Interestingly, individual coils are wound using different gauges of pickup wire, which is responsible for much of the pickup’s unique character. The ’59 coil uses thicker, 42-gauge wire, which is commonly used for PAF-style pickups for its clarity and openness at lower resistance (7k–9k). The Custom coil uses thinner, 43-gauge wire, which yields a crisper, more immediate attack, tighter lows, and additional compression when wound for higher output (14.1k in a standard Custom). The coil mismatch can feel and sound strange at first—especially if you’re used to contemporary humbucking tones. It’s a great setup if you need single-coil tones, however. Coil-tapping knocks the ’59 coil out, leaving only the hotter Custom coil, which rates at a healthy 7.1k for spanky, Strat-like tones.
Compared to the stock ’57 Classic bridge pickup in our Gibson Les Paul Traditional test instrument, the SH-16 exhibited an uncommon range of output and harmonic content. Through a Fender Twin Reverb, the Duncan sang with a familiar midrange growl not unlike the stock Gibson pickup, but with a more authoritative stance and attitude. The alnico 5 magnet in the Duncan likely has a hand in making the Duncan bark louder than the Les Paul’s stock pickup, which is built around a softer-sounding alnico 2 magnet. Top end from the Duncan also had a sparkling quality that made it sound more alive—an attribute you can hear loud and clear even when softly fingerpicking progressions on the lower strings.
Since their 2001 debut, Paul Reed Smith’s Singlecut electric guitars have been one of the company’s biggest success stories. Sure, they’re clearly influenced by Smith’s love of the tones and looks of the late-’50s Gibson Les Paul Standard, but the Singlecut also has many of the hallmarks and refinements that have made PRS one of the top electric-guitar manufacturers in the world.
PRS currently produces several guitars in the Singlecut style, with the flagship model—the SC 58—carrying a fairly hefty price tag. At its 2011 PRS Experience event, the company unveiled a limited run of “Stripped 58” guitars—variations of the SC 58 that did away with some of the flashier elements to cut the price—and when the guitars sold out quickly, PRS decided to make the Stripped 58 a regular production model.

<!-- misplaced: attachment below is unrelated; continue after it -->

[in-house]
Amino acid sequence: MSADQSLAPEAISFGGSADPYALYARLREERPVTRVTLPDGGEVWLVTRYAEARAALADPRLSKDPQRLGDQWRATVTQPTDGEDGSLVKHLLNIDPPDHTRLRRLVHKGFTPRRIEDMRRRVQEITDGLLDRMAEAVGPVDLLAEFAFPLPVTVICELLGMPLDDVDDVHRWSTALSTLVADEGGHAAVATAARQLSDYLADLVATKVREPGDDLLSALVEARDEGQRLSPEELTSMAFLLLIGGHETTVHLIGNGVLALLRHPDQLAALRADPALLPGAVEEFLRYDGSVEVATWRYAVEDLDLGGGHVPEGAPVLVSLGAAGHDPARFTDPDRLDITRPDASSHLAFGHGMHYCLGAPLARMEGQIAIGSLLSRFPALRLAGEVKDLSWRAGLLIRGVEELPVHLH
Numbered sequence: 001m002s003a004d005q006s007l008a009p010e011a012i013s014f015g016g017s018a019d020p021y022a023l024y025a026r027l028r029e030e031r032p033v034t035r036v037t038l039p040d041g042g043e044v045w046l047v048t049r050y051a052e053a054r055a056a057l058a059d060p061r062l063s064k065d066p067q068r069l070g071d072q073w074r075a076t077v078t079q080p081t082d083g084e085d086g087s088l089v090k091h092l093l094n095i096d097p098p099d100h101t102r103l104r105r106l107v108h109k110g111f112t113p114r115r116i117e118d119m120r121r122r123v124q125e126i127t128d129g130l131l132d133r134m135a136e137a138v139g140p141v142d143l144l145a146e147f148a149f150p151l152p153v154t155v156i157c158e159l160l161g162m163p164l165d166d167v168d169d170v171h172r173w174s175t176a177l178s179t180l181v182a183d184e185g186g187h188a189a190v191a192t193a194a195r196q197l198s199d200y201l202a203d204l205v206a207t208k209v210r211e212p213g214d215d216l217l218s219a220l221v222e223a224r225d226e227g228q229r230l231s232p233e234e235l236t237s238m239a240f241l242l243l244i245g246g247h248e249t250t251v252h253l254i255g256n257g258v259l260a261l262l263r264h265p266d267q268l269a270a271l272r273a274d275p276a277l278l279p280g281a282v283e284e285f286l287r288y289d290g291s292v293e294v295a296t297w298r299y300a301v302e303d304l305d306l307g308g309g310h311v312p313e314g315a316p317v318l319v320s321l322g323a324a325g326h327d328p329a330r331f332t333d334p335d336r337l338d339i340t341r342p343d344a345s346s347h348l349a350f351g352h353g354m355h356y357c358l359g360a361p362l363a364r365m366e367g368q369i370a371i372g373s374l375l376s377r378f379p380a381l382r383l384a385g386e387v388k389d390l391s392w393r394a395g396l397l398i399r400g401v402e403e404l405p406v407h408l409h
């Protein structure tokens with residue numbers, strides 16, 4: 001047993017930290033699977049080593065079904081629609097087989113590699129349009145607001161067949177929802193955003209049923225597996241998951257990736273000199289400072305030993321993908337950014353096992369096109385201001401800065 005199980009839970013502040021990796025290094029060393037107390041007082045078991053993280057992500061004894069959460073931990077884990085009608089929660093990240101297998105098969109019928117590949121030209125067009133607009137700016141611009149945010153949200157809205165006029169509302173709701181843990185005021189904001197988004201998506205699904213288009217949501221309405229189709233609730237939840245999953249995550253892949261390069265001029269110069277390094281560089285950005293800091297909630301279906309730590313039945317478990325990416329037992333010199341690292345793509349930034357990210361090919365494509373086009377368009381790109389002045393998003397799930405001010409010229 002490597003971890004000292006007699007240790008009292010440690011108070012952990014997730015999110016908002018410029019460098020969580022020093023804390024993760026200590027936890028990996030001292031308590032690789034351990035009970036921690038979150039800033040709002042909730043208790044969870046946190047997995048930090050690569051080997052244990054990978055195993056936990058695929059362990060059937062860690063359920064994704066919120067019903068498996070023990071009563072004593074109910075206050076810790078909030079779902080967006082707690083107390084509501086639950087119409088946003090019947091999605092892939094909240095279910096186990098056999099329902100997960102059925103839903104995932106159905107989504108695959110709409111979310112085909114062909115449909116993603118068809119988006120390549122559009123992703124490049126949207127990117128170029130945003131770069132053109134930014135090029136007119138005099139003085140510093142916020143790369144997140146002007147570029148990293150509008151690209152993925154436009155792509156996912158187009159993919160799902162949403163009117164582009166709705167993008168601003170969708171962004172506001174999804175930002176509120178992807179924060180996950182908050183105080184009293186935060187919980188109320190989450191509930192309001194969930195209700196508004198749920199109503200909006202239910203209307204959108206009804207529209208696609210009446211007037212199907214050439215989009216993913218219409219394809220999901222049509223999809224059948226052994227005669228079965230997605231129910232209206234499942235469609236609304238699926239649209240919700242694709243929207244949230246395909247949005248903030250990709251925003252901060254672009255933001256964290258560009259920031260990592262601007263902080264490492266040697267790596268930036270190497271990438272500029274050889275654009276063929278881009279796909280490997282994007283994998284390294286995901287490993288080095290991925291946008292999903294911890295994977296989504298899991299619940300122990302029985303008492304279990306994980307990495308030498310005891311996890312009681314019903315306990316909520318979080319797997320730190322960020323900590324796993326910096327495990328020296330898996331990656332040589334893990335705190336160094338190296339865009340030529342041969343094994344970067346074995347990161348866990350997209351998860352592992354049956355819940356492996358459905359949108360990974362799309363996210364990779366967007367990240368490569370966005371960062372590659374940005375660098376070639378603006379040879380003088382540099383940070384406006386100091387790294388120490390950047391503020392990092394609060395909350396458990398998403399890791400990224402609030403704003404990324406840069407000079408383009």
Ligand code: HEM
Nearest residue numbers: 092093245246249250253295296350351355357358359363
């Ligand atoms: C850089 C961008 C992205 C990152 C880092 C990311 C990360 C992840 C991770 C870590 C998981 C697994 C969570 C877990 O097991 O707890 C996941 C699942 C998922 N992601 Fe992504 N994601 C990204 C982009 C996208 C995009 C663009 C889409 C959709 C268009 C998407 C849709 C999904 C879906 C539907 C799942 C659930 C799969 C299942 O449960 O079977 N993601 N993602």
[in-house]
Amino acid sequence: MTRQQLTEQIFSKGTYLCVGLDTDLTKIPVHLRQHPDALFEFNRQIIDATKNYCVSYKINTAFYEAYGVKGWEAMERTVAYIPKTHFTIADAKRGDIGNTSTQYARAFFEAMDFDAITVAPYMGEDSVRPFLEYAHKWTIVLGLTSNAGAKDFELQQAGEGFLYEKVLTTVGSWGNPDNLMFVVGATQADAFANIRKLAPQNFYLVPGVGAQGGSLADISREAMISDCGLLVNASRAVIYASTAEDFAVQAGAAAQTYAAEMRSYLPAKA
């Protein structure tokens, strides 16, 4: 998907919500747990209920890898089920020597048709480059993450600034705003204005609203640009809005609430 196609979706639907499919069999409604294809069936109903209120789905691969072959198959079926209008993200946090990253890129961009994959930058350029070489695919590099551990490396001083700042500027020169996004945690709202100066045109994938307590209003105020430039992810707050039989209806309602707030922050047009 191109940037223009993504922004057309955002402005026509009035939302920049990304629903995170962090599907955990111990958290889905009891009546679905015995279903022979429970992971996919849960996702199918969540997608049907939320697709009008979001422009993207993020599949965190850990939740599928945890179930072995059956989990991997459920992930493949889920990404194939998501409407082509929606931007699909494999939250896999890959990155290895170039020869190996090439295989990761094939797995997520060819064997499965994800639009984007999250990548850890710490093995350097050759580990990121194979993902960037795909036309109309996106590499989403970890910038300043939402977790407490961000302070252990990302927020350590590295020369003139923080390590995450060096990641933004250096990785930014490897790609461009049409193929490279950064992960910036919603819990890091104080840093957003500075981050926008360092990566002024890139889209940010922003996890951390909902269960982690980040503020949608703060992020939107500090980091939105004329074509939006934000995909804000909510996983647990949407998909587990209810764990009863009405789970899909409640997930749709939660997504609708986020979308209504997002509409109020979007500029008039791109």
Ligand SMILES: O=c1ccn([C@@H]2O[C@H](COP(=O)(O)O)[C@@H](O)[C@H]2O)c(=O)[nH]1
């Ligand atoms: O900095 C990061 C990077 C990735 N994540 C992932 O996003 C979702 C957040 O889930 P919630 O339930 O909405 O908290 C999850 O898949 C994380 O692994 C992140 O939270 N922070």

Despite the impetus for its name, the Stripped 58 is only “stripped” in comparison to some of the bling you find on higher-end PRSs—both visually and aurally, it’s still a breathtaking instrument when compared to a lot of guitars on the market. In fact, it can be hard to distinguish it from a pricier SC 58 at a brief glance. Both feature mahogany bodies with carved, two-piece maple tops. The Stripped 58 isn’t built from the “artist grade” wood used for the SC 58 (though it can be ordered with the sort of premium figured-maple cap that PRS calls a “10-Top” for an additional cost), but the depth of the grain is still impressive. Further, the entire guitar is finished with PRS' high-end V12 finish—a thin, hard composite with some of the resonance of nitrocellulose and the resilience of acrylic.

Like the SC 58, the Stripped 58 also features a 24 scale and a glued-in mahogany neck with a 22-fret rosewood fretboard and the company’s “Pattern” neck profile—which is basically a “Wide Fat” profile based on pre-factory designs made for players like Carlos Santana and Peter Frampton. It ditches the SC 58's neck binding and rosewood headstock veneer, but it does have an option for fancier bird inlays instead of the standard dot inlays. The Stripped 58’s pickups are the same marvelous 57/08 humbuckers found in the SC 58 and numerous other PRS models, and the guitar also features PRS Phase III locking tuners and the company's new two-piece adjustable bridge and tailpiece. Both are milled from heavyweight aluminum and are secured with brass studs for added resonance. The bridge itself sports extra-large brass saddles to increase sustain, and the tailpiece’s top-loading design makes changing strings a breeze.

Playability-wise, the Stripped 58 is a comfortable 8.4 pounds and feels perfectly balanced whether hanging over your shoulder or balanced on your lap. The short scale length, meanwhile, makes the guitar feel a bit looser than a standard 24 3/4 scale Gibson—or even PRS’ standard 25 scale, for that matter.